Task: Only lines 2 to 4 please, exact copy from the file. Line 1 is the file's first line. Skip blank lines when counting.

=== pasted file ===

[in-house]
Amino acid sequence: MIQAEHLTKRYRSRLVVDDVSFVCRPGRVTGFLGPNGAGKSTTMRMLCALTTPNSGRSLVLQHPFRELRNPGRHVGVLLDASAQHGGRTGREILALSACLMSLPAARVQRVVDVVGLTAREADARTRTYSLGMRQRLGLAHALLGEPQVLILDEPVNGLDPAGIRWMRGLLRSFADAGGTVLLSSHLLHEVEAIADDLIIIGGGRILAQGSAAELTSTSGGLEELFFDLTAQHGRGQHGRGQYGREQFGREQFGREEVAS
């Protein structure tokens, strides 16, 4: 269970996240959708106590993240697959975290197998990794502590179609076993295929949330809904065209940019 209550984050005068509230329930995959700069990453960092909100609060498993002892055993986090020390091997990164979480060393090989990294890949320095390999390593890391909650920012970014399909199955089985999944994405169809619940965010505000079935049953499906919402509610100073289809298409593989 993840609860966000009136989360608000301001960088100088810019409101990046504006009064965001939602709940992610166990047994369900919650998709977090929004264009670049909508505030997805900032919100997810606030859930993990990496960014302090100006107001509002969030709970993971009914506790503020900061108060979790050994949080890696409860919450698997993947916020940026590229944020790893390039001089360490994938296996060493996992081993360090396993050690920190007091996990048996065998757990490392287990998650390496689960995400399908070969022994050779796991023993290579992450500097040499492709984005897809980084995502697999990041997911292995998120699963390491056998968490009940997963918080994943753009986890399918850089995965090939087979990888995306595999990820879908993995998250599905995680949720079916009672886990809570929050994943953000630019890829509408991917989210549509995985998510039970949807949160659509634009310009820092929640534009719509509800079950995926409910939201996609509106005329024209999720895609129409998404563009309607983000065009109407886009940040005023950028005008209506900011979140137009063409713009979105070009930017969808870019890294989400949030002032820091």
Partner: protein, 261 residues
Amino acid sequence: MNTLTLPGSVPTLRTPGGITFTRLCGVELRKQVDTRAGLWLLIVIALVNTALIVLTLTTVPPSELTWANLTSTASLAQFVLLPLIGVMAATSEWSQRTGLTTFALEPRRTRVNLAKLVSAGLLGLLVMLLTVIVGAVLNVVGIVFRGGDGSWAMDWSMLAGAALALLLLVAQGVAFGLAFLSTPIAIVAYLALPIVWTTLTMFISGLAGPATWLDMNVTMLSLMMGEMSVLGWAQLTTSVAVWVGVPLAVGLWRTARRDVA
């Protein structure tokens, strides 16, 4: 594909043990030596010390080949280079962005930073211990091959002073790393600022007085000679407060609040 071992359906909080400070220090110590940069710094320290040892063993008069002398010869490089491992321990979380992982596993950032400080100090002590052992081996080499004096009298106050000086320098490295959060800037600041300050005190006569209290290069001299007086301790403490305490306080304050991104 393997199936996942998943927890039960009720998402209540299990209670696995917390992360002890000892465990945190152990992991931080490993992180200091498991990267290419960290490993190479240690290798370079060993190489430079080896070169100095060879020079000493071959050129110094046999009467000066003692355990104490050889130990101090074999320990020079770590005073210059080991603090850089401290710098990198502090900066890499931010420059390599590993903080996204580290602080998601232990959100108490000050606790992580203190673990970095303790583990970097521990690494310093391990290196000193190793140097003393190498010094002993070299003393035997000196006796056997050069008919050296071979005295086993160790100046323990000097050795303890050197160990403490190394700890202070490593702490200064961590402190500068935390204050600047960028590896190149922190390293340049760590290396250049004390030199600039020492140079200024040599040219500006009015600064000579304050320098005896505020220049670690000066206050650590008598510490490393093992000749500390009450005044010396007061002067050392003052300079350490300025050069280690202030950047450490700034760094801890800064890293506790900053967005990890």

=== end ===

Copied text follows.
Amino acid sequence: MIQAEHLTKRYRSRLVVDDVSFVCRPGRVTGFLGPNGAGKSTTMRMLCALTTPNSGRSLVLQHPFRELRNPGRHVGVLLDASAQHGGRTGREILALSACLMSLPAARVQRVVDVVGLTAREADARTRTYSLGMRQRLGLAHALLGEPQVLILDEPVNGLDPAGIRWMRGLLRSFADAGGTVLLSSHLLHEVEAIADDLIIIGGGRILAQGSAAELTSTSGGLEELFFDLTAQHGRGQHGRGQYGREQFGREQFGREEVAS
């Protein structure tokens, strides 16, 4: 269970996240959708106590993240697959975290197998990794502590179609076993295929949330809904065209940019 209550984050005068509230329930995959700069990453960092909100609060498993002892055993986090020390091997990164979480060393090989990294890949320095390999390593890391909650920012970014399909199955089985999944994405169809619940965010505000079935049953499906919402509610100073289809298409593989 993840609860966000009136989360608000301001960088100088810019409101990046504006009064965001939602709940992610166990047994369900919650998709977090929004264009670049909508505030997805900032919100997810606030859930993990990496960014302090100006107001509002969030709970993971009914506790503020900061108060979790050994949080890696409860919450698997993947916020940026590229944020790893390039001089360490994938296996060493996992081993360090396993050690920190007091996990048996065998757990490392287990998650390496689960995400399908070969022994050779796991023993290579992450500097040499492709984005897809980084995502697999990041997911292995998120699963390491056998968490009940997963918080994943753009986890399918850089995965090939087979990888995306595999990820879908993995998250599905995680949720079916009672886990809570929050994943953000630019890829509408991917989210549509995985998510039970949807949160659509634009310009820092929640534009719509509800079950995926409910939201996609509106005329024209999720895609129409998404563009309607983000065009109407886009940040005023950028005008209506900011979140137009063409713009979105070009930017969808870019890294989400949030002032820091």
Partner: protein, 261 residues